Midshires Way

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Trail marker on the Midshires Way

The Midshires Way is a long-distance footpath and bridleway that runs for 230 miles through the counties of the Midlands, from which it tales its name.

The rail, from south to north, runs from near Bledlow in the Chiltern Hills in Buckinghamshire to Stockport in Cheshire. On it course, the Midshires Way runs through Buckinghamshire, Northamptonshire, Leicestershire, Nottinghamshire, Derbyshire and Cheshire

The route also links several other long-distance walking routes or trackways including The Ridgeway, the Buckinghamshire Way, the Pennine Bridleway and the Trans Pennine Trail.

The route was opened in 1994 as a collaboration between numerous bureaucracies and user groups. It is intended as a multi-user trail but there are places where the recommended route for walkers differs from the route for horse riders and cyclists.

The route


The Midshires Way starts from Wain Hill (SP770012), between Bledlow and Chinnor.[1] From there it runs near Princes Risborough, north to Waddesdon and on to Winslow then in a north-west direction passing through Milton Keynes.

North of Milton Keynes, the route it passes to the west of Stoke Goldington before crossing the Great Ouse, which is the county border, into Northamptonshire near Haversham.


The section of the Midshires Wat through Northamptonshire is 46 miles long.

Between Northampton and Market Harborough, it follows the Brampton Valley Way along the route of the disused Northampton-Market Harborough railway line, passing through two tunnels. One section within Northampton runs close to the Grand Union Canal at Blisworth Junction in Rothersthorpe, Northampton.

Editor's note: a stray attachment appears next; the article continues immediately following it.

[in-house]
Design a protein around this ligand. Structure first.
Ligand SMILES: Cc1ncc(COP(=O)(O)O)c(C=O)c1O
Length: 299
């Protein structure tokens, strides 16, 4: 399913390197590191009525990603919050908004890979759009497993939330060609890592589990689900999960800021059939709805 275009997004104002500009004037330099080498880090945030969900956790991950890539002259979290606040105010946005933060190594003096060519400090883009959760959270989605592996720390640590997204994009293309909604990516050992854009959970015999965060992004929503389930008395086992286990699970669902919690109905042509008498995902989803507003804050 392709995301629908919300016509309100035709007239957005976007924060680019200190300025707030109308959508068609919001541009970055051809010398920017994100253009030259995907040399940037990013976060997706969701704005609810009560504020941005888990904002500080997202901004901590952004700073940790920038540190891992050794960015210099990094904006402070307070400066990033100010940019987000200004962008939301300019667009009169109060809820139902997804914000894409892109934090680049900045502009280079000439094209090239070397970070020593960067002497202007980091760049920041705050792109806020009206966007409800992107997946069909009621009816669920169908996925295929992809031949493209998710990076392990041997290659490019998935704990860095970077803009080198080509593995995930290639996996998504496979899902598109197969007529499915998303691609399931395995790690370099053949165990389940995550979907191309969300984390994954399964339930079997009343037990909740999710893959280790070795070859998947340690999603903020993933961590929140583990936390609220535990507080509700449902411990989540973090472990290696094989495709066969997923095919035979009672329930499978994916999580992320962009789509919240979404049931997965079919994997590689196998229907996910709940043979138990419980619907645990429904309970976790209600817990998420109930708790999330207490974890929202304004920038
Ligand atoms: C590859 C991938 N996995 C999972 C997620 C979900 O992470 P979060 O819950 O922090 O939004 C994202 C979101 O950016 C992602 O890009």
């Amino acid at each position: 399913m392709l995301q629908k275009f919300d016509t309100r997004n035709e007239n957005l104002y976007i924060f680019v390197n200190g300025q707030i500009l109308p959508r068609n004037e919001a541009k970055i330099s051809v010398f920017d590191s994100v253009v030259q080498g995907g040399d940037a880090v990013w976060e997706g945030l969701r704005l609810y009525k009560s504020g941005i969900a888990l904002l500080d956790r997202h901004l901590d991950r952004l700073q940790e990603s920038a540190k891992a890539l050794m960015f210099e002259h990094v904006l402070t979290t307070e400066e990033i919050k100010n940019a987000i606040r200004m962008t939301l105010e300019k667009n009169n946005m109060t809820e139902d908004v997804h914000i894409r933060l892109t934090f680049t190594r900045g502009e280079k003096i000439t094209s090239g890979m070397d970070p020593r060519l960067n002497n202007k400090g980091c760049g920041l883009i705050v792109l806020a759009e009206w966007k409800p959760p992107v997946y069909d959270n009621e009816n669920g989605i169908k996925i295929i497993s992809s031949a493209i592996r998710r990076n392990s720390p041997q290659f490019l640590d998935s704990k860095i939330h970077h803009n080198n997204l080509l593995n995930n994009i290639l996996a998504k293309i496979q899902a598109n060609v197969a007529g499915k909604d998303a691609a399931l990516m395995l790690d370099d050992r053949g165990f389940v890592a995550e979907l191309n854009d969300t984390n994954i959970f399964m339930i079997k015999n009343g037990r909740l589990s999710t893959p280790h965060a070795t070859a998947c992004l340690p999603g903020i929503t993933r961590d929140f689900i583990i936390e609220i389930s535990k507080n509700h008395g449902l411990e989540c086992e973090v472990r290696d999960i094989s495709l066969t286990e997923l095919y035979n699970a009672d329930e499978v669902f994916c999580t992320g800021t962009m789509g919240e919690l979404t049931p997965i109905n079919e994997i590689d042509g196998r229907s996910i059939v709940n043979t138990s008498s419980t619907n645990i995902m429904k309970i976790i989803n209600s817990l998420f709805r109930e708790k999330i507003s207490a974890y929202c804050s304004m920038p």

The route enters Leicestershire just south of Sutton Bassett and heads northwards for 31 miles, crossing into Nottinghamshire just north of Old Dalby.


After passing through Willoughby on the Wolds, the route tracks west, turning north just outside Kegworth before turning north towards Derbyshire.

Derbyshire and the Cheshire border

The Derbyshire section starts in the east of the county at Sawley near Long Eaton running to Duffield then linking with the High Peak Trail close to Wirksworth. The route passes through the Peak District National Park and on to Buxton ('Queen of the Peak').

West of Buxton, the trail reaches the Goyt Valley: the River Goyt here marks the county border with Cheshire. Following the river, initially on the Cheshire side, the route runs down the valley for the rest of its path. It crosses back to Derbyshire at Whaley Bridge and continues in the latter county until Marple, where it definitively enters Cheshire.


The trail enters Cheshire at Marple, and follows the Goyt into Stockport. Here it meets the Trans Pennine Trail which heads off up the Tame Valley. The trail finishes in Stockport (SJ893903).[2]

The section between Whaley Bridge (Cheshire/Derbyshire) and Compstall is separately waymarked and marketed as the Goyt Way.[3]

Outside links

("Wikimedia Commons" has material
about Midshires Way)